Kindergartens in South Korea

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Kindergartens in South Korea are for children around the ages of 3-6 before they enter elementary school. There are three kinds of them: national kindergartens managed by the government, public kindergartens managed by the local government, and the private ones run by the civil sector.


According to data, in 2016 there were 8,987 kindergartens: 4,696 of them were public and the remaining 4,291 were private. Consequently, in South Korea, there are more public kindergartens than private ones. The reason is probably that kindergartens are usually situated next to public elementary, middle and high schools. The private kindergartens are usually run by individuals, religious organizations or companies.


Generally, the tuition for public kindergartens is cheaper compared to private ones. There are usually 4 or 5 classes in the morning and in the afternoon. People who want to teach at Korean kindergartens need to get a certificate and pass a recruitment test. Moreover, teachers are different according to the curriculum. Interestingly, many kindergartens and elementary schools arrange events together and take vacations at the same time. Students usually have lunch at elementary schools. Parents are required to help their children commute because kindergartens do not have school buses. Public kindergartens that are not close to elementary schools are called dansul kindergartens and their facilities are more children friendly. The number of classes at dunsul kindergartens is between 6 and 8, which is a little bit more than classes at attached public kindergartens. Both kindergartens are the same in terms of tuition.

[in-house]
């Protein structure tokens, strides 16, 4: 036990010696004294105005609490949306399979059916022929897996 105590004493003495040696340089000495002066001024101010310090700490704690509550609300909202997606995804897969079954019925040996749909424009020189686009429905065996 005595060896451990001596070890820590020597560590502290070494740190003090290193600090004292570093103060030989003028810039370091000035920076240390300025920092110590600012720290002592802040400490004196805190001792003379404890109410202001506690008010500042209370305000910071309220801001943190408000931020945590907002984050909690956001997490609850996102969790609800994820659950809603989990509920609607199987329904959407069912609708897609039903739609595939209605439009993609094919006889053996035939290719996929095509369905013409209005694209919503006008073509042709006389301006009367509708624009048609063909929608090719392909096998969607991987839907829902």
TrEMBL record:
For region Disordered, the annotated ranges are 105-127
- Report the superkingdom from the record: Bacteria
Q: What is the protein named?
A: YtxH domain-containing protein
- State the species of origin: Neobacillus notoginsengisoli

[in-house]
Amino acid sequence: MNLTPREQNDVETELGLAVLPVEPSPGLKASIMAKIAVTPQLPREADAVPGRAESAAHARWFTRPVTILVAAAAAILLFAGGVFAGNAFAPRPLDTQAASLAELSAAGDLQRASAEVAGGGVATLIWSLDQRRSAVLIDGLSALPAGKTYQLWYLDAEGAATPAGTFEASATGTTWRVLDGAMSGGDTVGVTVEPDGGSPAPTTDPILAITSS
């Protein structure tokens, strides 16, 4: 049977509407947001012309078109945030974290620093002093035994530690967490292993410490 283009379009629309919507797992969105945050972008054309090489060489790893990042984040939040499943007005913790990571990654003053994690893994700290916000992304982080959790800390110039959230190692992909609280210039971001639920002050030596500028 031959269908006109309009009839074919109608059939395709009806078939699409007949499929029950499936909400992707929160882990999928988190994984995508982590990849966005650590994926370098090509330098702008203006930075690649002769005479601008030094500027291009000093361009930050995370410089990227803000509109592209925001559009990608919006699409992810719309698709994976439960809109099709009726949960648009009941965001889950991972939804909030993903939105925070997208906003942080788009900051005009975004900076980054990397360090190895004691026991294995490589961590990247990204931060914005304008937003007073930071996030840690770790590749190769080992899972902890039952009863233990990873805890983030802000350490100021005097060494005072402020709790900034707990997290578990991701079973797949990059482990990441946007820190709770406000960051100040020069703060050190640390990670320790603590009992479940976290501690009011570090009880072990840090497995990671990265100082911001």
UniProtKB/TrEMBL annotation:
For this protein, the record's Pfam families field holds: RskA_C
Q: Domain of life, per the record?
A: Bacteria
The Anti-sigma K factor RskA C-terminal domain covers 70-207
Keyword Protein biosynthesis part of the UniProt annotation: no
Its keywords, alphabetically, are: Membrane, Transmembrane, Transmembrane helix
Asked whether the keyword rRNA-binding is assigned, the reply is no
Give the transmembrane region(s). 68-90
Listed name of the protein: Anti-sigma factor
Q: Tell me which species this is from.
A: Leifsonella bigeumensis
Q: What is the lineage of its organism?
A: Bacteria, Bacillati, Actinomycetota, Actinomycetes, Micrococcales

There are different types of private kindergartens based on price. They have special classes such as music, English, and PE (physical education). In addition, many private kindergartens provide after-school programs.


Kindergartens were introduced for the first time during the Japanese imperialism, as they were built for Japanese children in Busan. The first kindergarten for Korean children was the Nanam kindergarten (1909) in Nanam, Kyungsung district, Hamgyung province. Even if Korean children attended it, teachers were Japanese. The oldest kindergarten still existing is the Ehwa kindergarten. Built in 1914, it was found by Charlotte Brownlee, an American missionary.


The importance of preschool education started to grow in 1969. In 1976, five public kindergartens were built in Seoul and Busan. All kindergartens in Korea were private at that time.


Besides kindergartens, there are also daycare centers for children. Pre-school education is very important because childhood is a significant period in which most children form their emotion, virtue and physical strength. Although people are aware of the importance of it, many parents in Korea prefer to focus only on teaching to their children how to be competitive from early childhood.


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